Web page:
View Full Version : Great Article in New York Magazine--The End

09-24-2008, 01:11 AM

As auctions over hot books have grown more frequent, prudence has gone out the window— paying a $1 million advance to a 26-year-old first-time novelist becomes a public-relations gambit as much as an investment in that writer’s future.

That money has to come from somewhere, so publishers have cracked down on their non-star writers. The advances you don’t hear about have been dropping precipitously. For every Pretty Young Debut Novelist who snags that seven-figure prize, ten solid literary novelists have seen advances slashed for their third books.

Normally, I don't tout articles about the publishing industry. This article is long--very long--and I'd suggest that you read it before comenting on it. It covers aspects of the industry from the current state of publishing, the editorial relationship with authors and why it's changed, huge-advance books that went bust last year (just check out the unrecouped advance figures--it's scary) and how the industry is trying to cope.

When my publisher suggested I read the article, I was prepared for a huge downer article about how publishing is going bust. But, what I found was an article that approaches the crisis from all angles and actually helps to explain some of those questions that new or *young* (my phrase) writers need answers to. Read it. It's well worth the effort. Check out Harper Studio's new business model and the stats of B&N vs Borders or Amazon vs publishers.

And then we have to ask ourselves some hard questions as writers too. How can we trust the components within the publishing industry if/when we get those shiny contracts? Is it worth holdng out for that higher advance figure only to discover that our book left the publisher millions of dollars out of pocket--and be ruined professionally as a result. Those smaller independent publishers--they're only getting 15 to 20 books into B&N warehouses and not the actual stores--is it worth the risk?

Fascinating article with a LOT of information that we should all think about. Just thought I'd share.

09-24-2008, 01:32 AM
Thanks for posting this, mscelina. I've been following this post and the responses on the blogsophere for a bit. Booksquare posted an interesting response to the article and so does a fellow named Mike Crane (both are probably my favorite responses)

Booksquare's Full Article (http://booksquare.com/its-only-the-end-of-rose-colored-glasses/)

I don’t think publishing’s condition is as dire as the New York Magazine article suggests. I think publishing is fundamentally broken, mostly because a business that relies on mega-hits to justify its existence — when those mega-hits are reliant upon capturing the imagination of a broad spectrum of the nation’s citizens — cannot sustain itself as it exists today.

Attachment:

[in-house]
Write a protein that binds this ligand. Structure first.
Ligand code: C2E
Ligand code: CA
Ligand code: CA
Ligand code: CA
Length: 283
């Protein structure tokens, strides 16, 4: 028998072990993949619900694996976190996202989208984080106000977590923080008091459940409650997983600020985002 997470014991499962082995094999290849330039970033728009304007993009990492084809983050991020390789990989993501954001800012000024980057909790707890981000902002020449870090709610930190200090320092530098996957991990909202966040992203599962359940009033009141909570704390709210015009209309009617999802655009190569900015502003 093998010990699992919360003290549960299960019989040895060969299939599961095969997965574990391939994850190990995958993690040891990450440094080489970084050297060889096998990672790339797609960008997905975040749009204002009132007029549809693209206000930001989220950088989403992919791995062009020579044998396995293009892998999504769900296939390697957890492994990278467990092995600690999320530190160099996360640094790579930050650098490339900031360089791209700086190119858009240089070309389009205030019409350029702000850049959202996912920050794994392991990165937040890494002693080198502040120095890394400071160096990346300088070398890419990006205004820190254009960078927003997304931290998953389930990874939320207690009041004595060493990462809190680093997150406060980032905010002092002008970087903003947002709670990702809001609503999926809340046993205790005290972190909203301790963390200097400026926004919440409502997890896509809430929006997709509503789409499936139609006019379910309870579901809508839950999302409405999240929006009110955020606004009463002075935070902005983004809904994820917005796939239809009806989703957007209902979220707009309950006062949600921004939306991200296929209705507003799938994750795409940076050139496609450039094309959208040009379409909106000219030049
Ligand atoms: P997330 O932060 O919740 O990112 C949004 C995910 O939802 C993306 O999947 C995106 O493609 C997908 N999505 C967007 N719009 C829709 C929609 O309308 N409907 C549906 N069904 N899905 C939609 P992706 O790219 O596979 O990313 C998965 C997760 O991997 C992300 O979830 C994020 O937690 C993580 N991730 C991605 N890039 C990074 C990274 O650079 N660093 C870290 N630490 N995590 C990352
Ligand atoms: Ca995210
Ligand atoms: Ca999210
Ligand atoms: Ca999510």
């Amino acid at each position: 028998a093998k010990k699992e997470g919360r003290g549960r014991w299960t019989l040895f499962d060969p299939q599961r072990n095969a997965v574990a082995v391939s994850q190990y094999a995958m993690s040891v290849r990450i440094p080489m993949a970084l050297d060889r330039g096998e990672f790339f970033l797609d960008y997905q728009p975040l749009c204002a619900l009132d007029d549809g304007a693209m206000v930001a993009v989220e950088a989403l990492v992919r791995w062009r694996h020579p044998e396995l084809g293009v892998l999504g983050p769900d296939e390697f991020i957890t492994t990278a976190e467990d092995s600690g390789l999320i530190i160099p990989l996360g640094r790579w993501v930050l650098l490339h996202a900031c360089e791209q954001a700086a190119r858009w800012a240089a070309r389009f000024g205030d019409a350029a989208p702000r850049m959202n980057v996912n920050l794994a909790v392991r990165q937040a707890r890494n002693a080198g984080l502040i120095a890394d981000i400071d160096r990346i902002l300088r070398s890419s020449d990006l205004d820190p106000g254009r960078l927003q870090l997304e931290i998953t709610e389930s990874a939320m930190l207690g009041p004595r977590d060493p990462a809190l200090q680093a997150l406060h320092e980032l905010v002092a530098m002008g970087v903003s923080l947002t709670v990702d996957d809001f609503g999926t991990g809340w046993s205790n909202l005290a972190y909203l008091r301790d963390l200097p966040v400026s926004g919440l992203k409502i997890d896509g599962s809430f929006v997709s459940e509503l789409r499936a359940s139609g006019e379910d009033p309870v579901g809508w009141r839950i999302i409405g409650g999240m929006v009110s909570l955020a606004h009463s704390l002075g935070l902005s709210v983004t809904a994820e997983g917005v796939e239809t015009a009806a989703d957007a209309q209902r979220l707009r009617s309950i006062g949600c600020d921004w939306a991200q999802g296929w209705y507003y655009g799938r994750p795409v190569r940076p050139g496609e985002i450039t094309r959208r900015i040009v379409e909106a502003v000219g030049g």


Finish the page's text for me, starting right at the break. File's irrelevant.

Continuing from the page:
I also think that there’s strong evidence to support a theory that those who are entrenched in the business are too far removed from the readers to understand how to identify potential hits.Mike Cane's Full Article (http://mikecane2008.wordpress.com/2008/09/15/print-book-publishing-doomed/)

I think as writers we have to get creative with how we share our books (some say market, but it sounds so commercial!). Ultimately we're in charge of our books and our writing career futures so we have to adapt to the shifts in this industry even if most of the big boys in publishing won't. Booksquare and the Jacket Copy LA Times article (http://latimesblogs.latimes.com/jacketcopy/2008/09/the-end-of-publ.html) cited that the independents are getting creative. Many have podcasts, blogs and are reformatting their websites to reach the reader. Two big guys that are changing with the industry. Tor got on board by reforming their site and they're kickin' butt with the free ebooks and community of readers they're building at their site (thank you Tor!) and Harlequin is setting up reader panels to see what their readers want from the future of their books. I agree with the Booksquare article that the readers are being forgotten by the higher ups and many times the industry sells books to the readers that they WANT them to read rather than what the reader actually wants to read (see the Danielle Steele part). But many of the independent authors and epubbed authors are keeping in touch with readers throughout the blogosphere and could very well help the shift of how books are sold.